If you’re still excited about the spectacular end to the basketball season you may be trying to hit the court yourself. Basketball is great fun and exercise, but there are some common injuries you should know how to treat when you’re pretending to dunk like Stephen Curry.
- Jammed Fingers: Jammed fingers are perhaps the most common injury in basketball. If you’ve hurt your fingers, ice them immediately and often for the next 24 hours. It’s normal for bruising to linger, but if your swelling lasts longer than a day you should visit an orthopedist, as your finger may be broken.
- Ankle Sprains: Ankle sprains are common in basketball due to the constant jumping and sudden switches in direction while running. Generally, you should rest your foot, elevate, ice, and compress it for the first 24 hours to reduce swelling. You should always follow up with an orthopedist even if you are positive you have an ankle sprain. After you’re swelling has subsided, you should visit a physical therapist who can guide you through exercises that will strengthen your ankle. This is especially important because your ankle will always be more susceptible to injury after a sprain, and recurring injuries could cause more serious and painful problems.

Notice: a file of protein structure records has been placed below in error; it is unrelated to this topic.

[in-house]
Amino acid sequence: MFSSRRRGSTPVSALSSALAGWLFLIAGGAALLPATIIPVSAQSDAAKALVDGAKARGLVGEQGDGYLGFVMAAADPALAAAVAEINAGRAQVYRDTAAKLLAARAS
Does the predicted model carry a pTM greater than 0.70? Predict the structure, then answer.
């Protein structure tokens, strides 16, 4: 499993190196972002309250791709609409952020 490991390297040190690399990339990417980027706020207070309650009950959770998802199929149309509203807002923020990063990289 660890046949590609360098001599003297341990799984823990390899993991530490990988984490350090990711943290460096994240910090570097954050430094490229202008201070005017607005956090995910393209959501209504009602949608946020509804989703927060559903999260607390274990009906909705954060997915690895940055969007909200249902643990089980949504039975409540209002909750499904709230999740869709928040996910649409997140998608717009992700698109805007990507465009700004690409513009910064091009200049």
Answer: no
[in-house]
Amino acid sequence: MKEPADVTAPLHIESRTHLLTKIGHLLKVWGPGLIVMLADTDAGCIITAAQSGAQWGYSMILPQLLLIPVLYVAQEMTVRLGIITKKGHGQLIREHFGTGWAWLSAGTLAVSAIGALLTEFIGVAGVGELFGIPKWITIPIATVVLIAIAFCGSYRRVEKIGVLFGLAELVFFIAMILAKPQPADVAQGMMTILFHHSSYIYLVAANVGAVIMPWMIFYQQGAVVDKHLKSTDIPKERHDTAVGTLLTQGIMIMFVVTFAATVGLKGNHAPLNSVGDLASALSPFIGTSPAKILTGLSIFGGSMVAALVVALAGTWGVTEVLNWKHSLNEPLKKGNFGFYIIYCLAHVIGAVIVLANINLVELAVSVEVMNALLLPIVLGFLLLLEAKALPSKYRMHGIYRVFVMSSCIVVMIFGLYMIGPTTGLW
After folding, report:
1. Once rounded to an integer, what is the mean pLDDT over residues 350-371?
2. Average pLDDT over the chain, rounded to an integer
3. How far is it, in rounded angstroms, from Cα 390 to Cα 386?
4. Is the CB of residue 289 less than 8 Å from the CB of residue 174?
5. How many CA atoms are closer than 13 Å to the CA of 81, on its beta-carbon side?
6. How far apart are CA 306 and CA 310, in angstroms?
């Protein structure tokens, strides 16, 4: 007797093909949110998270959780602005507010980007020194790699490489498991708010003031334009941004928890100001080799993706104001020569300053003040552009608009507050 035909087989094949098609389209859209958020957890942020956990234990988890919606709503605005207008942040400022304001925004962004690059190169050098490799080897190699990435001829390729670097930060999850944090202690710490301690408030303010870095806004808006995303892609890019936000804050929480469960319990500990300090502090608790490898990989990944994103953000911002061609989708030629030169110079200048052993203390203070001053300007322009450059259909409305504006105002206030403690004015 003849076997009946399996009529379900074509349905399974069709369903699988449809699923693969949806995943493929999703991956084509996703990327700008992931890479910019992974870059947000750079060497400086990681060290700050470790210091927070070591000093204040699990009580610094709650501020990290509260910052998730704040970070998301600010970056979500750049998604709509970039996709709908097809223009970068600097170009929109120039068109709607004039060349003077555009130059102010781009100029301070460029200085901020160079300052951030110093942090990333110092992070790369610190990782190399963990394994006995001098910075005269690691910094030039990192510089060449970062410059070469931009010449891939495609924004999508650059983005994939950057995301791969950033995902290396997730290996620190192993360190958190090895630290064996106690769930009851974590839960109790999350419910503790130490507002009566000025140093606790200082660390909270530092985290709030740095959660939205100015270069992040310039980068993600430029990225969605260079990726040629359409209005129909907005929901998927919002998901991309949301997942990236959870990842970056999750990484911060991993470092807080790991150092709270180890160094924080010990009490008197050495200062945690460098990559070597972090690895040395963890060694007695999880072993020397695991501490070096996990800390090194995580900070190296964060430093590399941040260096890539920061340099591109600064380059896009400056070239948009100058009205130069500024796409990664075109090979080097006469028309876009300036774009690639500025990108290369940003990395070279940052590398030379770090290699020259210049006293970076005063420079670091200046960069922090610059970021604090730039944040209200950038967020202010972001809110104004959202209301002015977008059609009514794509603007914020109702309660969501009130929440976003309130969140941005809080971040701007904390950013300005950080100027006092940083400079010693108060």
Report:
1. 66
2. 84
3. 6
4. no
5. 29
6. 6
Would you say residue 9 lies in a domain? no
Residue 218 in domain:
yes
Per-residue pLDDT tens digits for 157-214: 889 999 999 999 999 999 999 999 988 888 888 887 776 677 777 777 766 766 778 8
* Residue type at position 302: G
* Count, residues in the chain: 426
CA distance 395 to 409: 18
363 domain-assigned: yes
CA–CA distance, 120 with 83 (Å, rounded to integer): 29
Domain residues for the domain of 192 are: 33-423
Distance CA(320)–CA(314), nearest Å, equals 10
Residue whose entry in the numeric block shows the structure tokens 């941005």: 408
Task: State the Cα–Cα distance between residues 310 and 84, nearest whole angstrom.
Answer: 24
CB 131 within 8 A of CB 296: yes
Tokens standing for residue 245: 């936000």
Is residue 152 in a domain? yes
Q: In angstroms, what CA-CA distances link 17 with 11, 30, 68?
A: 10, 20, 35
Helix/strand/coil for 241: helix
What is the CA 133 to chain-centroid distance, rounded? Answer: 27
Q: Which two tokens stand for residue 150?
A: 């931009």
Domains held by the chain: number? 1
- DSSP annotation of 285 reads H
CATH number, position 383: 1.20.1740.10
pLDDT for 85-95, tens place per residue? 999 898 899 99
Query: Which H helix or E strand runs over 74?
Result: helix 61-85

- The stop and go running and jumping characteristic of basketball is hard on your knees as well as your ankles. Simple trips or twists could cause damage to the meniscus or ACL. If you start to experience pain anywhere around your knee you should visit an orthopedist right away. If you’ve completely torn your ACL or meniscus, you will experience pain immediately, have difficulty walking, and will notice your knee swell up. Catching minor injuries to your knee cartilage early is essential to avoiding more severe tears. Your orthopedist can help you treat and prevent knee injuries while on the court.
New York Bone and Joint Specialists is a top rated, private Orthopedic and Sports Medicine practice with locations in New York City, Hoboken, and Englewood, NJ. The Orthopedic Surgery, Sports Medicine, Physical Medicine & Rehabilitation, and Pain Management specialists routinely perform surgical and non-surgical treatments for professional athletes from across the United States.